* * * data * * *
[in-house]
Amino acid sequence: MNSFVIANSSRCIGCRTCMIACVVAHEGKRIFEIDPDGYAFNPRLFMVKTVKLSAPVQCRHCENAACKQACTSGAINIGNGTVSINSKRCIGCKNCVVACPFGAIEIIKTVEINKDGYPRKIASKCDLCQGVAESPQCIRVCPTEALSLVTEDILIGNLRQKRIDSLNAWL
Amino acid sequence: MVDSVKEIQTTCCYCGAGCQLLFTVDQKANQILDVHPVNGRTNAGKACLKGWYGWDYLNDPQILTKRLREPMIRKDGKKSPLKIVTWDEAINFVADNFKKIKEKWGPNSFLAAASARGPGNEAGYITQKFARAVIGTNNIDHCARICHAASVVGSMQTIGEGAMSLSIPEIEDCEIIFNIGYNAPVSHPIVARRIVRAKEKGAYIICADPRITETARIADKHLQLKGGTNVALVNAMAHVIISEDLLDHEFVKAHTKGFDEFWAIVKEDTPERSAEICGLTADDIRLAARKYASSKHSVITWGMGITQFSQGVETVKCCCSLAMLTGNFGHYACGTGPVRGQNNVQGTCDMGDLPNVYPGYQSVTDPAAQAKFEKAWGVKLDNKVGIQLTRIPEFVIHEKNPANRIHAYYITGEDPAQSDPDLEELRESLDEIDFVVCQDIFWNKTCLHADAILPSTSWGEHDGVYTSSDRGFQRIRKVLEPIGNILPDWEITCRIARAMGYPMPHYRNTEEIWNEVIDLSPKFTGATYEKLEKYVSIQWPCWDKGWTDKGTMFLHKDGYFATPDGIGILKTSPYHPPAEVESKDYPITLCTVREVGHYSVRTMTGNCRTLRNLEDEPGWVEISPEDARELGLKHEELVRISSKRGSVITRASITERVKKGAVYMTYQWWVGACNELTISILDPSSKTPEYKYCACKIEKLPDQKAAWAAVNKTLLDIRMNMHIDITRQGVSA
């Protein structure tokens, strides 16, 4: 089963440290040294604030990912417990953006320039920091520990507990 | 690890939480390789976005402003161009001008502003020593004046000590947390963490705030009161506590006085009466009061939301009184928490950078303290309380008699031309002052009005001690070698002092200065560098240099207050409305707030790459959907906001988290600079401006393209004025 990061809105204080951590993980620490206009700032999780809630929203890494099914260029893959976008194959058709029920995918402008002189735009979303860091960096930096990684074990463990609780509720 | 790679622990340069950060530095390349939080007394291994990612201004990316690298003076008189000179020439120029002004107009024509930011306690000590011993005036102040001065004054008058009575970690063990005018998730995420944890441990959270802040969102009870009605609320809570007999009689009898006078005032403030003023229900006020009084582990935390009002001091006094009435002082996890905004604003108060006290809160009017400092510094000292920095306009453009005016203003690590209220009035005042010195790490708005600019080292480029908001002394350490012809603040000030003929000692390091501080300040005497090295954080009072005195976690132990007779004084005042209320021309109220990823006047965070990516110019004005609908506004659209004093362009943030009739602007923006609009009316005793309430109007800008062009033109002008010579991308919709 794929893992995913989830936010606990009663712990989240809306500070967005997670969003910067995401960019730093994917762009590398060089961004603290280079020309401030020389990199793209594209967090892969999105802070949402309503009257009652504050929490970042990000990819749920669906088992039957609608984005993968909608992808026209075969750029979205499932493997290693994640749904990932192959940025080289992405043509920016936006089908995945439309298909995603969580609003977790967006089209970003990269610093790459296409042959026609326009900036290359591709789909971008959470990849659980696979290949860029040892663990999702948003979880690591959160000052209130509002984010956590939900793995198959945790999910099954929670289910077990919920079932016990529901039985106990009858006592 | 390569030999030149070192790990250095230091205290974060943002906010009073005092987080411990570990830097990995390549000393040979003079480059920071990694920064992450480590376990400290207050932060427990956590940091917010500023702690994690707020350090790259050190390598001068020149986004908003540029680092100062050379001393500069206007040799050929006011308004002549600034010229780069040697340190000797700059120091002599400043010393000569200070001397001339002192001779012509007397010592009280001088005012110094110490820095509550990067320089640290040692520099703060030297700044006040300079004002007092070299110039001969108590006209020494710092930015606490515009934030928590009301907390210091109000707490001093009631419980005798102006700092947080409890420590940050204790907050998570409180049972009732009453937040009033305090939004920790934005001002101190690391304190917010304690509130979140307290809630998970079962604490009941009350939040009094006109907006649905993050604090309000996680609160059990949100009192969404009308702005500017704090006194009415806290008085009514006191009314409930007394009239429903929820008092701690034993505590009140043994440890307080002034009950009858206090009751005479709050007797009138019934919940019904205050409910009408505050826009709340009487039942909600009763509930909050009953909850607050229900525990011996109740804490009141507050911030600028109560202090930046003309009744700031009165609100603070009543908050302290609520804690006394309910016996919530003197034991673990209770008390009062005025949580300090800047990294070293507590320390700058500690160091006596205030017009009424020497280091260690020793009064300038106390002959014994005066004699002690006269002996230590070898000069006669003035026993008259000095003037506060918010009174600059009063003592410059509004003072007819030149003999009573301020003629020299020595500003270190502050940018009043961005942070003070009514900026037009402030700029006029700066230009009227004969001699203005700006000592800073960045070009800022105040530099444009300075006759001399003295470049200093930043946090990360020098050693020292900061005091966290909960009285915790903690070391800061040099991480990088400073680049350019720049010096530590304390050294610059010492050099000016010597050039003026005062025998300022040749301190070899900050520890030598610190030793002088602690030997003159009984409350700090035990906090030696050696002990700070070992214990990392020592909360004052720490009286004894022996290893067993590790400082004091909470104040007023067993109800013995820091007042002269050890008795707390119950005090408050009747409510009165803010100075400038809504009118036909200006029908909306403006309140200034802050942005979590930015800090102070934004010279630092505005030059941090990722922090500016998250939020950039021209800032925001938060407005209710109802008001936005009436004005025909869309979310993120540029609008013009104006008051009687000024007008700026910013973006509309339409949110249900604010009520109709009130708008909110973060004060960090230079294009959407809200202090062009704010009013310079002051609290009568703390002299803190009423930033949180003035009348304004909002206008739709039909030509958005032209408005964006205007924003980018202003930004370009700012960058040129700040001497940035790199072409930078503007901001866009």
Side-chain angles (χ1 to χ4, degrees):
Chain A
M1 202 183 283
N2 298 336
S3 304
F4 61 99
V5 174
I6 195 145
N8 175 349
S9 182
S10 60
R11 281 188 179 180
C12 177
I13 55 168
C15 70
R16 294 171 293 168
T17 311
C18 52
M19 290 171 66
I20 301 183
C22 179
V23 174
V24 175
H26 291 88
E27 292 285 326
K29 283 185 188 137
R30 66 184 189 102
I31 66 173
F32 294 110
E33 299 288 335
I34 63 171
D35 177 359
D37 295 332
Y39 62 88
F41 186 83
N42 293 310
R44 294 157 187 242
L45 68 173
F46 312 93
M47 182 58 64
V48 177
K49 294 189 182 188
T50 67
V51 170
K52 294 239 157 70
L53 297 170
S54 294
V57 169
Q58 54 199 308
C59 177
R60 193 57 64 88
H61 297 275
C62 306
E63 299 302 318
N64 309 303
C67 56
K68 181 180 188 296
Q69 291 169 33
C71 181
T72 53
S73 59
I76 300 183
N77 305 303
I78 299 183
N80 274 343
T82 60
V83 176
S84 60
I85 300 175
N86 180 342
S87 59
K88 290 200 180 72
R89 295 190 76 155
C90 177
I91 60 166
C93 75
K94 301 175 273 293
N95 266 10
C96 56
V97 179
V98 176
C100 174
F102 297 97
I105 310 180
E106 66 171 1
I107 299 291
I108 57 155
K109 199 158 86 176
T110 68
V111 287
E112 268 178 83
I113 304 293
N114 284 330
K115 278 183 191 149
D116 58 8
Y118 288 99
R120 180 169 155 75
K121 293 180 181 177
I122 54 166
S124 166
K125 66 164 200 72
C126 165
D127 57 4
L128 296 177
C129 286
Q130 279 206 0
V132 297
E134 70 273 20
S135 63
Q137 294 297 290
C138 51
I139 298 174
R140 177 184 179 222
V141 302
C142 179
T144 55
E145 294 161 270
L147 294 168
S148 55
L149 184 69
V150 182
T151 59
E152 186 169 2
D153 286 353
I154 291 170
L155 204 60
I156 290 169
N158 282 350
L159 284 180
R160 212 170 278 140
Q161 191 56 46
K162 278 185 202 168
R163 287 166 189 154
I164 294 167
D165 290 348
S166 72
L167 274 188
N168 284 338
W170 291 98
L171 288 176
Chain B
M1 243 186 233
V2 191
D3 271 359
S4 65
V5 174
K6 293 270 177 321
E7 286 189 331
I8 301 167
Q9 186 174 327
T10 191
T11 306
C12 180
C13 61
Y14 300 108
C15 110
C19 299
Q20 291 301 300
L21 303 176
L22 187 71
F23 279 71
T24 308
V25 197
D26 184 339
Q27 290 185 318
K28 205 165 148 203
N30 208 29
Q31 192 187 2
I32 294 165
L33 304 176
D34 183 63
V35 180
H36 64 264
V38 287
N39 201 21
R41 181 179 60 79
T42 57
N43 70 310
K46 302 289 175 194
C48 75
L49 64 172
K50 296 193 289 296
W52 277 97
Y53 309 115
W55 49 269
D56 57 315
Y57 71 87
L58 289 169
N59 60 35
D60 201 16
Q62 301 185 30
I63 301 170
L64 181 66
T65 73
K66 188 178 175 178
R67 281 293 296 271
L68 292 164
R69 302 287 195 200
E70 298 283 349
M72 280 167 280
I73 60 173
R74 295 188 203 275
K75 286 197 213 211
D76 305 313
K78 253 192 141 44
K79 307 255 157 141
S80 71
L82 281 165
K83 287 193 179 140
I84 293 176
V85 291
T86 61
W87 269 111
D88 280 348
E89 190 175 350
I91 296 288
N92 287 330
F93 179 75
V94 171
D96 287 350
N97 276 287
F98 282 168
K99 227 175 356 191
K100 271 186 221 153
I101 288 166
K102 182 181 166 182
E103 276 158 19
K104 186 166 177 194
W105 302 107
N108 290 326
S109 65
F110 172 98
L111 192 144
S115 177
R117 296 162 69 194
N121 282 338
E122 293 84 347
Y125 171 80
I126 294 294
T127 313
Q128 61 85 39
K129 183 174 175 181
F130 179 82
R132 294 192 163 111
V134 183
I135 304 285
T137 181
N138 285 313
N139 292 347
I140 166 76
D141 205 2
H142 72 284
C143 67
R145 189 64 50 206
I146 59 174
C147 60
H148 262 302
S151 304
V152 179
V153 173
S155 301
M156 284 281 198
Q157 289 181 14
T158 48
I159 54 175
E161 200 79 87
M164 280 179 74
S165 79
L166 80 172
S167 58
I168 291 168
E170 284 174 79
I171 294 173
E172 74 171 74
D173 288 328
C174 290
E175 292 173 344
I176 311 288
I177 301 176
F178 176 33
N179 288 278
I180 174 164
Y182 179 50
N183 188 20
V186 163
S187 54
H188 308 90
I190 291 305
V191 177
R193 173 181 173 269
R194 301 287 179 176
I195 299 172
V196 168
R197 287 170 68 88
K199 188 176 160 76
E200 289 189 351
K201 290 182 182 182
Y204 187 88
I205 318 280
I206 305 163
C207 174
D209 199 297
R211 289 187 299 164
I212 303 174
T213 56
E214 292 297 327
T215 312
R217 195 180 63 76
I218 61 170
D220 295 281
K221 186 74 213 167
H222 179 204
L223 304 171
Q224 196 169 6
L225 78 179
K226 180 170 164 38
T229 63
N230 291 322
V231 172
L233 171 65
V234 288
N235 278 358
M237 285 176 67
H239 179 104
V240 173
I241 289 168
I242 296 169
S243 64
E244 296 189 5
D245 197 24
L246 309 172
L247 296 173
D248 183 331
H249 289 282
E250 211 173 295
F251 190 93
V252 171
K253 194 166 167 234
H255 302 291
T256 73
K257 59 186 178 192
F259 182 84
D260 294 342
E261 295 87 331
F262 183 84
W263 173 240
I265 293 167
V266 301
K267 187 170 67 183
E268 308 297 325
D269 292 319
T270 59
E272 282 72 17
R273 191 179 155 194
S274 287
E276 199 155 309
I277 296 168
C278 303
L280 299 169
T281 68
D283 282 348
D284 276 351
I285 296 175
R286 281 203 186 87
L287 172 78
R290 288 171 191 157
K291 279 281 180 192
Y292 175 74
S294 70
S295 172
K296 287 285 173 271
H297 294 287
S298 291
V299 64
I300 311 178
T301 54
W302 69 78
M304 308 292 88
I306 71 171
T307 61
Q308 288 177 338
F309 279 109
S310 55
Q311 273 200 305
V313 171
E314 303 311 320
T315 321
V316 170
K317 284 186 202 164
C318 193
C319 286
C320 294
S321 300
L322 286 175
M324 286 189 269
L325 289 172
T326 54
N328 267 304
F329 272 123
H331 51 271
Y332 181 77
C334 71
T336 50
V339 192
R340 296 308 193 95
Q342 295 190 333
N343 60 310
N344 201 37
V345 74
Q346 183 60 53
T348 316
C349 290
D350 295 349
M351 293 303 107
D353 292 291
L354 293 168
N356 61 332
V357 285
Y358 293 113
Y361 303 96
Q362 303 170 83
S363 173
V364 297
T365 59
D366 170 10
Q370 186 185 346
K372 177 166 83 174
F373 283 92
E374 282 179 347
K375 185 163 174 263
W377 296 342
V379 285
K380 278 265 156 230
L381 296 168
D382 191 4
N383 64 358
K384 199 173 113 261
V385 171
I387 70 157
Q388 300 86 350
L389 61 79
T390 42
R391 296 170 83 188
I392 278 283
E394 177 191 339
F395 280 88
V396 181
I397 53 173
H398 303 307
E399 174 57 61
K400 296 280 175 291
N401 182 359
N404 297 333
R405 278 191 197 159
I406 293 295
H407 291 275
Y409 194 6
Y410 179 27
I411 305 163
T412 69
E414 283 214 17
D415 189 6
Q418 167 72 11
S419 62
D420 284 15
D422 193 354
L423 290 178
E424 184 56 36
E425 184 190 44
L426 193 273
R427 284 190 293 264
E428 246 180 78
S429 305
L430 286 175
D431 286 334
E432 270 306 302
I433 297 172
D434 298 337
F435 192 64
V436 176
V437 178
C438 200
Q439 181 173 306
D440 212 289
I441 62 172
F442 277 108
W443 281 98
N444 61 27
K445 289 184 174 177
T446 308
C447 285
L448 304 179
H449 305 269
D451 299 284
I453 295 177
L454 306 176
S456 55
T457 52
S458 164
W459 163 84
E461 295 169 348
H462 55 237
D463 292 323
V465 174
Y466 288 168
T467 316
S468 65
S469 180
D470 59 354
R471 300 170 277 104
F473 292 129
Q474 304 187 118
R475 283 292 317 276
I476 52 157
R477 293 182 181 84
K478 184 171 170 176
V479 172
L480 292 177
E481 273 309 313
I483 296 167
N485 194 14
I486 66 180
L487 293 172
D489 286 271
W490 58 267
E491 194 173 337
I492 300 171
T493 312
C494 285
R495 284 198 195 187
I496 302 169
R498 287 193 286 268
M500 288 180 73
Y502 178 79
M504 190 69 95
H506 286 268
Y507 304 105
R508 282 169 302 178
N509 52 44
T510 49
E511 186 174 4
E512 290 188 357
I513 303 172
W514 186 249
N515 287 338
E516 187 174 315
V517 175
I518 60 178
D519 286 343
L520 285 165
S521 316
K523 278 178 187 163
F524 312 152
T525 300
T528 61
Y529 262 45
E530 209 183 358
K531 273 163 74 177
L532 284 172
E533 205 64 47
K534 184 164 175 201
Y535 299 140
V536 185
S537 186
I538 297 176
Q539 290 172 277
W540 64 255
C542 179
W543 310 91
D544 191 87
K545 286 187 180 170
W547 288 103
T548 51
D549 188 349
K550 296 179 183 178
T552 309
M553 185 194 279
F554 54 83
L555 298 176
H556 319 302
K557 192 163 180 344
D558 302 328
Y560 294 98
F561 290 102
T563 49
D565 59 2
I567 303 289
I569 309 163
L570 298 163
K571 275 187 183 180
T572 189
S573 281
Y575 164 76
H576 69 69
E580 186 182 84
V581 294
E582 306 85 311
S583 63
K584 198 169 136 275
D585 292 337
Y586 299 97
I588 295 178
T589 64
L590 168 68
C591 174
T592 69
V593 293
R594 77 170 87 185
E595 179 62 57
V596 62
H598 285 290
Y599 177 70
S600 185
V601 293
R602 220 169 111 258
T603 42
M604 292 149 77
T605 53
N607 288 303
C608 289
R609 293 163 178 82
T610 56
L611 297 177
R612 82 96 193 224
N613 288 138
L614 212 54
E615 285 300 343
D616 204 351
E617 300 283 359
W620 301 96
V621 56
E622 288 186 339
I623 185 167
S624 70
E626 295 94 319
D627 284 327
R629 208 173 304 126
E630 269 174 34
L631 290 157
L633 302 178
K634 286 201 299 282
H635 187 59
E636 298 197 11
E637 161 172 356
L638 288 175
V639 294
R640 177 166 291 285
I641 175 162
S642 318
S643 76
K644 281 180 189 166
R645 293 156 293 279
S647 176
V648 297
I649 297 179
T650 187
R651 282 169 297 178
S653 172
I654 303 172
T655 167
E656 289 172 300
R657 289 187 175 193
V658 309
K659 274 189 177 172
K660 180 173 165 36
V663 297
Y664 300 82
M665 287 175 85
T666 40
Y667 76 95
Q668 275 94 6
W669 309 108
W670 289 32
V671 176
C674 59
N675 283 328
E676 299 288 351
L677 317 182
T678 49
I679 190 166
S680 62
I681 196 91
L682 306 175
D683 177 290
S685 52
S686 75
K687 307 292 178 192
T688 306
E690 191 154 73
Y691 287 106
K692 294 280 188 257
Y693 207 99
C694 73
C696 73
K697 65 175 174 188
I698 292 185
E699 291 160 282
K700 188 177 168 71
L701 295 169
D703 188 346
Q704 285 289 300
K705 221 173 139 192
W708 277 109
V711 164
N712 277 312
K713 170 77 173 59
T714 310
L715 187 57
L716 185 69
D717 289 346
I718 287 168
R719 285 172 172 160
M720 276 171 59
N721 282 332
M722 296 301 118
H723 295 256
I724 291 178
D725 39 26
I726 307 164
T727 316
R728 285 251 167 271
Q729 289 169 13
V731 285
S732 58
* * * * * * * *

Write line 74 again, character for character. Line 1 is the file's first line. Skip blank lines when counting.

N86 180 342